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Administration officer – Professional services

An administration officer's role is predominantly deskbound completing computer tasks as required for the business.

Overall physical demand rating


Tasks and tools used

May perform any of the following duties:

  • computer work and emails
  • using phones
  • incoming and outgoing mail duties
  • filing
  • stationery and equipment orders (completing, distributing and storing away)
  • driving duties to collect stock, completing mail requirements and delivering stock and documents
  • carrying documents and suitcases to and from meetings (professional role)
  • client meetings (professional role)


  • ergonomic assessment on work station
  • manual handling training
  • completing regular breaks and stretches throughout the day
  • correct posture while sitting at your desk

Shift times

Shifts are generally during normal business hours although weekend and night work will be required dependant on business requirements.

Personal protective equipment

  • closed-in shoes
  • business attire

Physical environment

Office layout and reception area. May be required to drive on occasions to various offsite locations.

Critical physical job demands and other task requirements

Critical job demand descriptor% of time the task is performedTask
  • fine motor, e.g. computer work and writing
  • sitting, e.g. computer work, phone calls and meetings
  • grip, e.g. phones, computer mouse work, stationery and equipment orders (completing, distributing and storing away)
  • reaching/twisting, e.g. phones, computer mouse work
  • standing and walking, e.g. using the fax machine, interacting with clients
  • carrying/pushing/pulling/bending/squatting, e.g. filing and stationery and equipment orders (completing, distributing and storing away), incoming and outgoing mail duties
  • driving, e.g. driving duties to collect stock, completing mail requirements and deliver stock and documents
  • lifting <5kg, e.g. collecting and distributing mail, stationery and equipment orders (completing, distributing and storing away), putting boxes of paper away/carrying suitcases to and from meetings

Suitable duties

  • goals must be clear, realistic and achievable
  • must have 'buy-in' from the worker
  • worker helps to set the goals, and must be answerable if goals are not met (this allows barriers to return to work to be identified at an early stage and obstacles overcome)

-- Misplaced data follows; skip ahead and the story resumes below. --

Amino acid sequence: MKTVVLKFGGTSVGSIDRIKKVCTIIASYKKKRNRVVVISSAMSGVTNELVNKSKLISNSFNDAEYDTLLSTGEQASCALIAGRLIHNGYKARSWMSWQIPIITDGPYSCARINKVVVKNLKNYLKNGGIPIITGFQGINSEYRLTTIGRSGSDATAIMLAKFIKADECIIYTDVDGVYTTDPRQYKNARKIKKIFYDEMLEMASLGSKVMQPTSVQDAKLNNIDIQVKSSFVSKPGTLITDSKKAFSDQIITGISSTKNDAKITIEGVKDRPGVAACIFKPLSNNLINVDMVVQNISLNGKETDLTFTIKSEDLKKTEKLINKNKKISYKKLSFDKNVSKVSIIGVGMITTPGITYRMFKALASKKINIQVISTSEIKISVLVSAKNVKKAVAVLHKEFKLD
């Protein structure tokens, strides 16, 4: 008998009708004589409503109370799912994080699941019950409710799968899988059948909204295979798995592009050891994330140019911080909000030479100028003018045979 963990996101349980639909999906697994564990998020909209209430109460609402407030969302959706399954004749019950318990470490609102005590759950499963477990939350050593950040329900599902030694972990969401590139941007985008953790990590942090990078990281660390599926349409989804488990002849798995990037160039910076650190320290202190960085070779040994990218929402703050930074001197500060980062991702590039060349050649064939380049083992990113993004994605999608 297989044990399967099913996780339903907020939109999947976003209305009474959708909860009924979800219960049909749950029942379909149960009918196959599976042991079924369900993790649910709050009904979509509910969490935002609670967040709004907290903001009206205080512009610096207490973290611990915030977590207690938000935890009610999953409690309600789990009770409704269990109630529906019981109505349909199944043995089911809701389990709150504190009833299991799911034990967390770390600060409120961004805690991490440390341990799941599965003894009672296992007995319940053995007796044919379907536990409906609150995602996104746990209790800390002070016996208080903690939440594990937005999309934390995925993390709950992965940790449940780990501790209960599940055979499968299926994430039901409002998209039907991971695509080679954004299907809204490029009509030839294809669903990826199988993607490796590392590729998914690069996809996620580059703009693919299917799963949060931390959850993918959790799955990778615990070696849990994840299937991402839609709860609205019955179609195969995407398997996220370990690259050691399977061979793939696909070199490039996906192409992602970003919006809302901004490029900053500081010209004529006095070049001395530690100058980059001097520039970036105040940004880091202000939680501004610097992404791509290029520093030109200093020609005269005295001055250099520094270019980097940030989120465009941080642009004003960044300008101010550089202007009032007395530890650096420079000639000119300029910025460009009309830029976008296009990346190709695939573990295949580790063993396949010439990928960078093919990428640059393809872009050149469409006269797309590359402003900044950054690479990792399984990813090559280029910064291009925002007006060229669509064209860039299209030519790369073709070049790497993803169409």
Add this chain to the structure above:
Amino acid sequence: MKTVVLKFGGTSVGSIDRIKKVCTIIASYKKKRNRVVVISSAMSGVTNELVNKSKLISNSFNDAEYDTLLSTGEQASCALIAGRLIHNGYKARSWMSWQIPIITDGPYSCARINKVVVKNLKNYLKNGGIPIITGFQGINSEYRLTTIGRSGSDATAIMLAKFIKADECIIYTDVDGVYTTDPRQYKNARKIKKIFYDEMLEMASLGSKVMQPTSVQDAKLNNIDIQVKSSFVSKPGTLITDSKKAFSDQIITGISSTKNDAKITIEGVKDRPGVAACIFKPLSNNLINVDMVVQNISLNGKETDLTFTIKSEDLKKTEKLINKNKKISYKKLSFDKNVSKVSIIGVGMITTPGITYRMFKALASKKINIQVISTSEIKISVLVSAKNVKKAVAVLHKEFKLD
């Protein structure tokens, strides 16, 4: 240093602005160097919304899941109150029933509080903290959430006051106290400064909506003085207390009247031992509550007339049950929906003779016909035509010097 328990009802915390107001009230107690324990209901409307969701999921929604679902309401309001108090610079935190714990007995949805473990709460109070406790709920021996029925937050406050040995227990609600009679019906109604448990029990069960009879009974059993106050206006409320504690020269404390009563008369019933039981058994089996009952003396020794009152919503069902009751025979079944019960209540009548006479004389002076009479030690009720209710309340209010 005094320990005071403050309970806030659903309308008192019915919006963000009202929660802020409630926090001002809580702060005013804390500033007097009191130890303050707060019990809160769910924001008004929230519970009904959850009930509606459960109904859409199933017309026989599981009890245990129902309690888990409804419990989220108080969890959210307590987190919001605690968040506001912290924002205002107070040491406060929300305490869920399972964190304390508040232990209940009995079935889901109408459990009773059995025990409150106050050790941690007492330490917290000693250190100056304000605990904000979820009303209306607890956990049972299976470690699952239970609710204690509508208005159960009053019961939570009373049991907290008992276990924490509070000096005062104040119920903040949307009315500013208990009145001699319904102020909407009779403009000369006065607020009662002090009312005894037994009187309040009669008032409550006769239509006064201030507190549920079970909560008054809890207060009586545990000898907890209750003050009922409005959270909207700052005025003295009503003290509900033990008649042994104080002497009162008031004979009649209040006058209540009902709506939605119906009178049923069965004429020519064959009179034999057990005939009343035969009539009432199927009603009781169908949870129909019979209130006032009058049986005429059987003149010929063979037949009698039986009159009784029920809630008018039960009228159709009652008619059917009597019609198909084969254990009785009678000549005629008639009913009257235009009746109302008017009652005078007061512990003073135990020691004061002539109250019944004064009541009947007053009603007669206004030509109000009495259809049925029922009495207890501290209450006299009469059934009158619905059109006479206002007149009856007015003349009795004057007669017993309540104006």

• workers need to understand they have an obligation to participate in rehabilitation and return to work as per Section 232 of the Workers' Compensation and Rehabilitation Act 2003 (the Act).

Return to work suggestions

Worker can begin with light duties and include more tasks as their capacity for work changes. We'll work with all parties, including the treating medical provider, employer and worker to ensure everyone is aware of where the worker is with their rehabilitation and stay at, or return to work.

Note: some tasks are dependent on worker's injury and capacity, and some tasks may require the assistance of a co-worker.


Return to work can begin at home for those having difficulty with transport, medication or the injury prevents them from returning to work.

If the worker needs to take a break from their workplace, their rehabilitation can still begin at home. Tasks can include:

  • video on safety issues can be viewed (lying in bed if injury type requires)
  • computer-based programs, CDs or DVD on work-related subjects
  • phone-based work
  • emails
  • training
  • other worksite inductions
  • checking or auditing paperwork, e.g. helping the WHSO audit lost time injuries (LTIs) for a six-month period.

Host employment

In the event an employer is unable to provide suitable duties, a host placement may be required. If this is required, the worker may be placed at a different employer in a graduated return to work plan until they're able to 'upgrade' back to his/her pre-injury role with their pre-injury employer.

More return to work resources